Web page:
Low Power to the People offers a richly detailed exploration of the struggle for low-power FM as it played out both at the grassroots level and in the halls of Washington… Dunbar-Hester offers a convincing argument that an ‘old’ medium like radio has the potential to be at least as open and democratic as does the Internet, and that we need to more critically examine claims about the intrinsic character of different communications technologies.—Journalism & Mass Communication Quarterly—
[A] captivating narrative that reproduces the passion, emotions, and tensions of the field….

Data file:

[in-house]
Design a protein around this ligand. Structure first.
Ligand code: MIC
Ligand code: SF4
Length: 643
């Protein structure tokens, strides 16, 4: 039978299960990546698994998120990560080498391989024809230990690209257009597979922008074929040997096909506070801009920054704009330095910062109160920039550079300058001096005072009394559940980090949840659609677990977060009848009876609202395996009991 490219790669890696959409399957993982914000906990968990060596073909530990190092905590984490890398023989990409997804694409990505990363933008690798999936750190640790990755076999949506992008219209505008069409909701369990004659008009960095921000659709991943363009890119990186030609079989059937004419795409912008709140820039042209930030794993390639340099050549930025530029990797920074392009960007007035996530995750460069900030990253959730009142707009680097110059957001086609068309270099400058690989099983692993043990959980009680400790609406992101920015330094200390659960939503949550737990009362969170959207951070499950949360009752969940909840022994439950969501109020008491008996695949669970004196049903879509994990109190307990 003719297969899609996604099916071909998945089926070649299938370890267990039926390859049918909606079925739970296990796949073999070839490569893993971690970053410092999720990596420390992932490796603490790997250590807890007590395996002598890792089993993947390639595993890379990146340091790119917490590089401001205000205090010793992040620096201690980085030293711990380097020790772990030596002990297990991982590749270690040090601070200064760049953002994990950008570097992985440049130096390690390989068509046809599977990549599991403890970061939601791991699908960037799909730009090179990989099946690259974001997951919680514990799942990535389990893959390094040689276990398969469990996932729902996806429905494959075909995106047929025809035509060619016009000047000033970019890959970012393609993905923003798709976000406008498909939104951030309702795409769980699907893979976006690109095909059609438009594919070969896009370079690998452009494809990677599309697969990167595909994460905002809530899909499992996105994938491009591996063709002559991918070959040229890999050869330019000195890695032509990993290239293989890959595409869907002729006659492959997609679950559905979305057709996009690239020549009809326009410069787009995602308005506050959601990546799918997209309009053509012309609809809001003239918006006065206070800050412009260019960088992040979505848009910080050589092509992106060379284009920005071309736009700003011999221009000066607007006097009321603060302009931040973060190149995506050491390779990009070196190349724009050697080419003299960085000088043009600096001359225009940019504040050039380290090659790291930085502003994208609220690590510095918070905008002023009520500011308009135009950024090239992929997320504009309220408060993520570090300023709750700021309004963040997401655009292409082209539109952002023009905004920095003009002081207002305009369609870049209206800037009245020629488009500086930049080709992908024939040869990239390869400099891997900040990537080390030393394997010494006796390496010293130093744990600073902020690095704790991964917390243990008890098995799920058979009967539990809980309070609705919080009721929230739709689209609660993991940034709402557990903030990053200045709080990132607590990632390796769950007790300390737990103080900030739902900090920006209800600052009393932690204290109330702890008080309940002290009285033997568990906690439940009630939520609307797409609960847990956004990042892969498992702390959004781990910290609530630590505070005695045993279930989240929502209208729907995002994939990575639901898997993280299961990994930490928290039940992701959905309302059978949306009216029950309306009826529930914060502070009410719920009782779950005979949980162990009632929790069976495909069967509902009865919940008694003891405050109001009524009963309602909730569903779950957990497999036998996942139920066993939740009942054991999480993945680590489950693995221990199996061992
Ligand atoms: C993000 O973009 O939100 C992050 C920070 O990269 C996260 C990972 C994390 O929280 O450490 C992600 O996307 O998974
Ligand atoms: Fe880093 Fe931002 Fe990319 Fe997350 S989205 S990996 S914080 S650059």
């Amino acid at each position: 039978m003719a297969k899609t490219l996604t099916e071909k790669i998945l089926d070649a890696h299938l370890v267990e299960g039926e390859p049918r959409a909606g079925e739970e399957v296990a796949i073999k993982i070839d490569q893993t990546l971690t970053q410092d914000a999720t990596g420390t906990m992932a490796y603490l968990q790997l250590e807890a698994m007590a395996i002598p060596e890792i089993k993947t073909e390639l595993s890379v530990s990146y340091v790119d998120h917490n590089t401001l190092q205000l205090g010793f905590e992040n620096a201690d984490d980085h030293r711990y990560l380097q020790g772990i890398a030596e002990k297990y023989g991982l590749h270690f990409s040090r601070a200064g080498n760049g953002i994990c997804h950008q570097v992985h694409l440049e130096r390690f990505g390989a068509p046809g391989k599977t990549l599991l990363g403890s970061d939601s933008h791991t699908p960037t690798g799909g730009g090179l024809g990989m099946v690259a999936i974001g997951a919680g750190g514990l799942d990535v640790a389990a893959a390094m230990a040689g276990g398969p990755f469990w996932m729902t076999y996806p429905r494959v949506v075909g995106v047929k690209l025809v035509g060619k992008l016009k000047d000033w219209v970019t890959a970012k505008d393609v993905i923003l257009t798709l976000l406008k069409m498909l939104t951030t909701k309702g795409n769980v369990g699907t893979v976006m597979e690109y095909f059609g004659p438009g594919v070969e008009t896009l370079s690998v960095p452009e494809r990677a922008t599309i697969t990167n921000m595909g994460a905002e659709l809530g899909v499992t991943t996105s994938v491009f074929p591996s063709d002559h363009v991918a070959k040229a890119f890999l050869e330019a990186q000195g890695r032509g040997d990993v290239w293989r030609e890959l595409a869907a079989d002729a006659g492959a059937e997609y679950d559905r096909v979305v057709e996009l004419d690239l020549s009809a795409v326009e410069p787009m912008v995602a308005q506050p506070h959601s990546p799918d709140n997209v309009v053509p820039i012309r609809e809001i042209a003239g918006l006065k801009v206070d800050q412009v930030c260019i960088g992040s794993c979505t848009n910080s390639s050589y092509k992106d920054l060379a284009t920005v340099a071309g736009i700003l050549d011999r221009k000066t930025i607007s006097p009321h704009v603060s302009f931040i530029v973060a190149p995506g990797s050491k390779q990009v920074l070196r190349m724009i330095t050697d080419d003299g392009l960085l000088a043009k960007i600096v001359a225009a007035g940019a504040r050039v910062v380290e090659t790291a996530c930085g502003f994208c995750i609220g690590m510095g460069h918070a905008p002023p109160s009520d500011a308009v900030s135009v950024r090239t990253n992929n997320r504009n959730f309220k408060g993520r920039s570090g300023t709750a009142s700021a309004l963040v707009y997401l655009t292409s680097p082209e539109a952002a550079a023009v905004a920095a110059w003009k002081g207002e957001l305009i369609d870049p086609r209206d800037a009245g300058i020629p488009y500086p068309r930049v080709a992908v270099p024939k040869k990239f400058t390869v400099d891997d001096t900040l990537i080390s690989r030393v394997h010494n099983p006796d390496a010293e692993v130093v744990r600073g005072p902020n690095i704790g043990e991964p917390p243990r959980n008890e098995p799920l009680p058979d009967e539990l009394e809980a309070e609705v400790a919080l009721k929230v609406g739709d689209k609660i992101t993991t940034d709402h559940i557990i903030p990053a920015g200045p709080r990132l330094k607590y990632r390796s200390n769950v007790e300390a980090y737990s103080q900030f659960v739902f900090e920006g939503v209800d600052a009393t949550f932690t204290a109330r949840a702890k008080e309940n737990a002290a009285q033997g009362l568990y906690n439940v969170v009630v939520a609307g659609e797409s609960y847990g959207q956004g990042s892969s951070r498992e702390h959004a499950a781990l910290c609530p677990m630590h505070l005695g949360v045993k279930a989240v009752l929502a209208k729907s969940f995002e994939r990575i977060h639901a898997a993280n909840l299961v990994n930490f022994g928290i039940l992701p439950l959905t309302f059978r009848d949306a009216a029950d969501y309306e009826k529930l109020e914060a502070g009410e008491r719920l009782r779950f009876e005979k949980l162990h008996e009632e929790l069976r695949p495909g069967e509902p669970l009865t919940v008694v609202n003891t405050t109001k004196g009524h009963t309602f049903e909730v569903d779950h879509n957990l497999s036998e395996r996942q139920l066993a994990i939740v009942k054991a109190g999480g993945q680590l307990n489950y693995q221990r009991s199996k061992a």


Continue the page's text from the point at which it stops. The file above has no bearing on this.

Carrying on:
—New Media & Society
In Low Power to the People, Dunbar-Hester delivers a perceptive interrogation of [the] intricate entwinement of technology and politics, and the activist’s ‘labour of love’ (embracing passionate and playful work) to enact inclusive ideals for social change, which is compelling and inspirational for scholars and activists alike working to further media democracy.
—Feminist Media Studies